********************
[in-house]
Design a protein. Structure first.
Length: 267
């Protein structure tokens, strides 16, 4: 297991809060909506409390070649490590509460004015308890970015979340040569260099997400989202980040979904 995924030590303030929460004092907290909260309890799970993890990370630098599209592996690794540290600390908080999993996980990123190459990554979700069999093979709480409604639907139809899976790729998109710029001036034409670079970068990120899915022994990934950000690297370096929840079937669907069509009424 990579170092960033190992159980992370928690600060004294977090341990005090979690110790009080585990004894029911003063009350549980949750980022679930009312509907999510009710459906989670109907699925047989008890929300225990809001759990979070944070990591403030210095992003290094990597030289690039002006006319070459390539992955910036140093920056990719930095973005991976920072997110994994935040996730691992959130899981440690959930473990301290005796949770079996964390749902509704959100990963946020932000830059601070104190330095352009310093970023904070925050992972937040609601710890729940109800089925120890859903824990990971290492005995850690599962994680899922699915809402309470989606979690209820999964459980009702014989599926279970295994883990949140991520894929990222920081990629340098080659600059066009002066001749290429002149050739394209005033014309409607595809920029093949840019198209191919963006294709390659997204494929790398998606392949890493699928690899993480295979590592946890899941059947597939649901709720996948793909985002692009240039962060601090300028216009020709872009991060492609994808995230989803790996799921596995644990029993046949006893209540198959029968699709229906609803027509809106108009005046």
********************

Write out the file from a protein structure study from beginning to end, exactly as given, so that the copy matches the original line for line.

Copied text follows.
[in-house]
Design a protein. Structure first.
Length: 267
């Protein structure tokens, strides 16, 4: 297991809060909506409390070649490590509460004015308890970015979340040569260099997400989202980040979904 995924030590303030929460004092907290909260309890799970993890990370630098599209592996690794540290600390908080999993996980990123190459990554979700069999093979709480409604639907139809899976790729998109710029001036034409670079970068990120899915022994990934950000690297370096929840079937669907069509009424 990579170092960033190992159980992370928690600060004294977090341990005090979690110790009080585990004894029911003063009350549980949750980022679930009312509907999510009710459906989670109907699925047989008890929300225990809001759990979070944070990591403030210095992003290094990597030289690039002006006319070459390539992955910036140093920056990719930095973005991976920072997110994994935040996730691992959130899981440690959930473990301290005796949770079996964390749902509704959100990963946020932000830059601070104190330095352009310093970023904070925050992972937040609601710890729940109800089925120890859903824990990971290492005995850690599962994680899922699915809402309470989606979690209820999964459980009702014989599926279970295994883990949140991520894929990222920081990629340098080659600059066009002066001749290429002149050739394209005033014309409607595809920029093949840019198209191919963006294709390659997204494929790398998606392949890493699928690899993480295979590592946890899941059947597939649901709720996948793909985002692009240039962060601090300028216009020709872009991060492609994808995230989803790996799921596995644990029993046949006893209540198959029968699709229906609803027509809106108009005046």